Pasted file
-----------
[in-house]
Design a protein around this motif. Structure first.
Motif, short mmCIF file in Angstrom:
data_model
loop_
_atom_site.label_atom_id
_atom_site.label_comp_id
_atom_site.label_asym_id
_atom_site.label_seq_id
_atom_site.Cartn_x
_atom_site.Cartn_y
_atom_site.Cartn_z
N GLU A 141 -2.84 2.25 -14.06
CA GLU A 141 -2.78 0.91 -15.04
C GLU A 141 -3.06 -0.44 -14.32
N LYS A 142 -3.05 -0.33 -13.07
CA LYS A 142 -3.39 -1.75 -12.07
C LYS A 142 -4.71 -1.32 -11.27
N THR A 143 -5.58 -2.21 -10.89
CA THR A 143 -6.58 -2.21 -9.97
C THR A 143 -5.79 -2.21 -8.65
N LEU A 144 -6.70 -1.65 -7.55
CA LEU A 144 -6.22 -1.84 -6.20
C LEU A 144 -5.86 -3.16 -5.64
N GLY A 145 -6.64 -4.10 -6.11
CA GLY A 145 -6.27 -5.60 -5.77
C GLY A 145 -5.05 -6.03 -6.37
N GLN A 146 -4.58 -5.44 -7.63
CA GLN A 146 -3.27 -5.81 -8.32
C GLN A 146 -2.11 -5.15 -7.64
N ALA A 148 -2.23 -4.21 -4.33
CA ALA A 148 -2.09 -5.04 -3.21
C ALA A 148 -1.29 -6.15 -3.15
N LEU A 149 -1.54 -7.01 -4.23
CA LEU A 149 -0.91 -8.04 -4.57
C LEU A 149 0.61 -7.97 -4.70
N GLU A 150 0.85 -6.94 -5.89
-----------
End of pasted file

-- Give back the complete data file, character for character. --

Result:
[in-house]
Design a protein around this motif. Structure first.
Motif, short mmCIF file in Angstrom:
data_model
loop_
_atom_site.label_atom_id
_atom_site.label_comp_id
_atom_site.label_asym_id
_atom_site.label_seq_id
_atom_site.Cartn_x
_atom_site.Cartn_y
_atom_site.Cartn_z
N GLU A 141 -2.84 2.25 -14.06
CA GLU A 141 -2.78 0.91 -15.04
C GLU A 141 -3.06 -0.44 -14.32
N LYS A 142 -3.05 -0.33 -13.07
CA LYS A 142 -3.39 -1.75 -12.07
C LYS A 142 -4.71 -1.32 -11.27
N THR A 143 -5.58 -2.21 -10.89
CA THR A 143 -6.58 -2.21 -9.97
C THR A 143 -5.79 -2.21 -8.65
N LEU A 144 -6.70 -1.65 -7.55
CA LEU A 144 -6.22 -1.84 -6.20
C LEU A 144 -5.86 -3.16 -5.64
N GLY A 145 -6.64 -4.10 -6.11
CA GLY A 145 -6.27 -5.60 -5.77
C GLY A 145 -5.05 -6.03 -6.37
N GLN A 146 -4.58 -5.44 -7.63
CA GLN A 146 -3.27 -5.81 -8.32
C GLN A 146 -2.11 -5.15 -7.64
N ALA A 148 -2.23 -4.21 -4.33
CA ALA A 148 -2.09 -5.04 -3.21
C ALA A 148 -1.29 -6.15 -3.15
N LEU A 149 -1.54 -7.01 -4.23
CA LEU A 149 -0.91 -8.04 -4.57
C LEU A 149 0.61 -7.97 -4.70
N GLU A 150 0.85 -6.94 -5.89